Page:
Interpreting The Final Des Moines Register Poll Showing A Statistical Tie Between Clinton And Sanders

Des Moines Register Poll Final

The final Des Moines Register/Blomberg Poll before the Iowa Caucus shows Hillary Clinton leading Bernie Sanders with 45 percent compared to 42 percent. The three point lead is within the poll’s margin of error at four percent. Martin O’Malley trails at three percent.

While I have often pointed out the limitations of polls before primaries, the final Des Moines Register poll is probably the most likely to be predictive. Among its virtues, it does not exclude voters based upon past lack of participation in the caucuses as many other polls do. While it has a better track record than other polls, it still suffers from the same problem of all pollsters in not knowing who will actually turn out. Traditional Democratic voters favor Clinton while more independent voters strongly favor Sanders, but we don’t know how many of them will participate in the caucuses. Higher turn out than usual would increase the chances of a victory for Sanders.

Being a caucus rather than a pure primary vote creates additional questions. A candidate has to meet a fifteen percent threshold for their vote to count towards selecting delegates in the Democratic caucus. If they do not meet this threshold, then the second choice becomes crucial. Greater support for Sanders than Clinton among O’Malley supporters nearly erases Clinton’s lead.

Another question is the consequence of the difference in date for the caucus this year compared to 2008, when Obama came in first and Clinton came in third. The 2008 caucus occurred on January 3, when many college students were still on vacation, and possibly out of the state. Will having the caucus occur after students have returned to school provide an additional benefit to Sanders? On the other hand, will college students be more likely to caucus near their campus as opposed to at homes throughout Iowa. There is the danger that this will lead to Sanders having huge leads in some areas, such as Iowa City and Ames, while not doing as well as Obama did in other parts of the state. This could result in Clinton picking up more delegates statewide even if Sanders narrowly wins the popular vote.

Donald Trump leads among the Republicans at 28 percent with Ted Cruz in second place at 23 percent.

Update:  Buzzfeed reports on how the Clinton campaign is trying to game the system by having some of their supporters back O’Malley so that he will meet the fifteen percent viability requirement to keep his supporters from going to Sanders. Of course plotting such a strategy and getting Iowa voters to go along are two different things. I recall how Clinton protested over similar actions by the Obama campaign eight yeas ago. Plus Bloomberg has more background on Clinton’s strategy in Iowa–basically doing the opposite of what she did in 2008.

An updated post with further news, including Sanders leading in latest pre-Iowa poll, is here.

Stephen Colbert On Sarah Palin’s Endorsement of Donald Trump & Conflict In The GOP

While the Democratic race has become more competitive, Donald Trump continues to dominate the Republican race. The big news of the week was that he received the endorsement of Sarah Palin, helping Trump win the idiot vote.  (“You’re fired.” “I quit.”) Stephen Colbert discussed the endorsement in the video above, starting out by exclaiming “God, I have missed you.” It was a great day for comedians, except possibly for Tina Fey who might not want to be dragged back into that role.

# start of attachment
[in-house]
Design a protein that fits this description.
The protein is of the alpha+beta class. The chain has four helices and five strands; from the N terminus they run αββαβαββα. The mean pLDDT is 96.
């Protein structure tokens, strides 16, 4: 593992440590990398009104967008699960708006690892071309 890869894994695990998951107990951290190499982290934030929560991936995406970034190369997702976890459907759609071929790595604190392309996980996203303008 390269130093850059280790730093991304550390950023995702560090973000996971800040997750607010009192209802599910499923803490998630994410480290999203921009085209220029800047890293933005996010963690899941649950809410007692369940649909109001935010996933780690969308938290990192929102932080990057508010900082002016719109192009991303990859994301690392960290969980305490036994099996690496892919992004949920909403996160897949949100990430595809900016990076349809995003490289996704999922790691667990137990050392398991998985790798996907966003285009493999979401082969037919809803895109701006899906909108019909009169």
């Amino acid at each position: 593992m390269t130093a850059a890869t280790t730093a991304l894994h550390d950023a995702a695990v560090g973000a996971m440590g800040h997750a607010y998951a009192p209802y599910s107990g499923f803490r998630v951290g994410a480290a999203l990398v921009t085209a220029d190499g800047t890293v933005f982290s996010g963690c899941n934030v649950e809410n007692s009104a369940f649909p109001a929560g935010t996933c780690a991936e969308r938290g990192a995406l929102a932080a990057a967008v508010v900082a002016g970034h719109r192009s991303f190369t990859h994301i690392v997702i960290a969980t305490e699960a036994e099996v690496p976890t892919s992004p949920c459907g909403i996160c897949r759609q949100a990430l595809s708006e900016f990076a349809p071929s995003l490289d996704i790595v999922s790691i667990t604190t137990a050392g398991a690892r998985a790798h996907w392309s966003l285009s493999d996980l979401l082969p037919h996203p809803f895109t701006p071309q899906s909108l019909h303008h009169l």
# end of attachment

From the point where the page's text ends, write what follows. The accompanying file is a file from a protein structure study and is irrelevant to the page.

Colbert showed how it would sound if Palin endorsed every candidate, after he tased the part of his brain that understands sentence structure.

Colbert Palin Endorse Trump

Trump appears to be consolidating support among the GOP establishment, which appears to hate Ted Cruz even more than Trump. The exception is the National Review, which is going all out to try in stop Trump. In response, the Republican National Committee has disinvited them from an invitation to co-host a debate next month.

The Political Debates Of The Past Week: Wins For Bernie Sanders & SNL

Both major political parties had debates in the past week. The one similarity is that in each party the front runner (Clinton and Trump) is facing a serious challenge. Neither race is likely to change very much based upon these debates alone. The Republican Debate was not all that eventful, except for Donald Trump defending New York against the attack from Ted Cruz. The coverage from Saturday Night Live in the video above is sufficient.

The Democratic Debate was largely a replay of the Rovian-style campaign which Hillary Clinton has resorted to since Sanders started to catch up with her in the polls. Rather than honestly discuss the issues, Clinton attacked Sanders by misrepresenting his views. Her strategy was to scare Democratic voters into thinking that Bernie Sanders plans to take away their guns and Obamacare. She would have fit in much better with the Republicans.

As I noted last week, Clinton has also been far to the right of her current position on gun control in the past, such as when she debated Barack Obama in 2008. Clinton has taken multiple positions on gun control over the years, campaigning even further to the right at times in 2008 when she described herself as a “pro-gun churchgoer.” Despite her major flip-flops on guns, Clinton also sent out a dishonest flier attacking Obama on guns, which is just one way she is repeating the same dishonest tactics employed in her unsuccessful 2008 campaign.

Sanders responded early in the debate to Clinton’s distortions of his record: